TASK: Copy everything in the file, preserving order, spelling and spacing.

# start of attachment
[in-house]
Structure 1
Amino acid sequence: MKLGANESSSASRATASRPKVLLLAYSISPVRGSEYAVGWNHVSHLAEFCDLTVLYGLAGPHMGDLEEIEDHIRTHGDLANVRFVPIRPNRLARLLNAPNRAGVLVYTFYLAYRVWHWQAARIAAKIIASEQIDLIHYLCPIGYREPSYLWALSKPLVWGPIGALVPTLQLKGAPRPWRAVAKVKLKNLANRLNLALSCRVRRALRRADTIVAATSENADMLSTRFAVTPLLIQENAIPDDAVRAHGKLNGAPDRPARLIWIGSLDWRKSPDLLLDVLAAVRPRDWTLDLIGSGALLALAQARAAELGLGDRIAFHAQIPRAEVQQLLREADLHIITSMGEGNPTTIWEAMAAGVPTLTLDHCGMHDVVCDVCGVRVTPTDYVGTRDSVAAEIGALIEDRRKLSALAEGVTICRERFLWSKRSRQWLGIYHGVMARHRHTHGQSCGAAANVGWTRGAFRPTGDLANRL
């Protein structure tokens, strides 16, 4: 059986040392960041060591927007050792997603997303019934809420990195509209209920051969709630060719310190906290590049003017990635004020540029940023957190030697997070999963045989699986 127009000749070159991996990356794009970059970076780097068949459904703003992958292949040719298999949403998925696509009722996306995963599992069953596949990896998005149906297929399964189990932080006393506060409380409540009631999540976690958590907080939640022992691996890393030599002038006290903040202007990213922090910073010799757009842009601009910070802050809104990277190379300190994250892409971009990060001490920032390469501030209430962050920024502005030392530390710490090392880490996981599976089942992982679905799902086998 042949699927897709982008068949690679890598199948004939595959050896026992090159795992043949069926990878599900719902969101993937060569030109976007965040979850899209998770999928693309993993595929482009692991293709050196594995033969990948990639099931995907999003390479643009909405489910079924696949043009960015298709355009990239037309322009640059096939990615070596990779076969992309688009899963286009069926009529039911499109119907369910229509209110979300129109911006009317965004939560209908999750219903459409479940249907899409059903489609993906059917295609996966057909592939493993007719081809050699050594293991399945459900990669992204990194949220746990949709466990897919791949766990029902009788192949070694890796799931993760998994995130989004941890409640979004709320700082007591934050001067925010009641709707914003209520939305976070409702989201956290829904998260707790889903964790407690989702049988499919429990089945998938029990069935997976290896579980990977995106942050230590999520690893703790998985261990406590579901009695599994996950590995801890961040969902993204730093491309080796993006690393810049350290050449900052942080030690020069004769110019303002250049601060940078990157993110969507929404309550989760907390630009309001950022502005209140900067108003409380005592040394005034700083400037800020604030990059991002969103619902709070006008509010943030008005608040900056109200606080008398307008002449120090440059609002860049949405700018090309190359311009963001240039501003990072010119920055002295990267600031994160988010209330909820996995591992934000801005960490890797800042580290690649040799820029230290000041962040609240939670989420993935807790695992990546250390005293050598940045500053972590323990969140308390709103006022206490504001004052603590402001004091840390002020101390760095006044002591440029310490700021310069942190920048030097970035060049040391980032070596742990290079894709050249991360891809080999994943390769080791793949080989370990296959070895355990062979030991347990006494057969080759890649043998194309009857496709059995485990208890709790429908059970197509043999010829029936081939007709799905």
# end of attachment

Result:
[in-house]
Structure 1
Amino acid sequence: MKLGANESSSASRATASRPKVLLLAYSISPVRGSEYAVGWNHVSHLAEFCDLTVLYGLAGPHMGDLEEIEDHIRTHGDLANVRFVPIRPNRLARLLNAPNRAGVLVYTFYLAYRVWHWQAARIAAKIIASEQIDLIHYLCPIGYREPSYLWALSKPLVWGPIGALVPTLQLKGAPRPWRAVAKVKLKNLANRLNLALSCRVRRALRRADTIVAATSENADMLSTRFAVTPLLIQENAIPDDAVRAHGKLNGAPDRPARLIWIGSLDWRKSPDLLLDVLAAVRPRDWTLDLIGSGALLALAQARAAELGLGDRIAFHAQIPRAEVQQLLREADLHIITSMGEGNPTTIWEAMAAGVPTLTLDHCGMHDVVCDVCGVRVTPTDYVGTRDSVAAEIGALIEDRRKLSALAEGVTICRERFLWSKRSRQWLGIYHGVMARHRHTHGQSCGAAANVGWTRGAFRPTGDLANRL
């Protein structure tokens, strides 16, 4: 059986040392960041060591927007050792997603997303019934809420990195509209209920051969709630060719310190906290590049003017990635004020540029940023957190030697997070999963045989699986 127009000749070159991996990356794009970059970076780097068949459904703003992958292949040719298999949403998925696509009722996306995963599992069953596949990896998005149906297929399964189990932080006393506060409380409540009631999540976690958590907080939640022992691996890393030599002038006290903040202007990213922090910073010799757009842009601009910070802050809104990277190379300190994250892409971009990060001490920032390469501030209430962050920024502005030392530390710490090392880490996981599976089942992982679905799902086998 042949699927897709982008068949690679890598199948004939595959050896026992090159795992043949069926990878599900719902969101993937060569030109976007965040979850899209998770999928693309993993595929482009692991293709050196594995033969990948990639099931995907999003390479643009909405489910079924696949043009960015298709355009990239037309322009640059096939990615070596990779076969992309688009899963286009069926009529039911499109119907369910229509209110979300129109911006009317965004939560209908999750219903459409479940249907899409059903489609993906059917295609996966057909592939493993007719081809050699050594293991399945459900990669992204990194949220746990949709466990897919791949766990029902009788192949070694890796799931993760998994995130989004941890409640979004709320700082007591934050001067925010009641709707914003209520939305976070409702989201956290829904998260707790889903964790407690989702049988499919429990089945998938029990069935997976290896579980990977995106942050230590999520690893703790998985261990406590579901009695599994996950590995801890961040969902993204730093491309080796993006690393810049350290050449900052942080030690020069004769110019303002250049601060940078990157993110969507929404309550989760907390630009309001950022502005209140900067108003409380005592040394005034700083400037800020604030990059991002969103619902709070006008509010943030008005608040900056109200606080008398307008002449120090440059609002860049949405700018090309190359311009963001240039501003990072010119920055002295990267600031994160988010209330909820996995591992934000801005960490890797800042580290690649040799820029230290000041962040609240939670989420993935807790695992990546250390005293050598940045500053972590323990969140308390709103006022206490504001004052603590402001004091840390002020101390760095006044002591440029310490700021310069942190920048030097970035060049040391980032070596742990290079894709050249991360891809080999994943390769080791793949080989370990296959070895355990062979030991347990006494057969080759890649043998194309009857496709059995485990208890709790429908059970197509043999010829029936081939007709799905």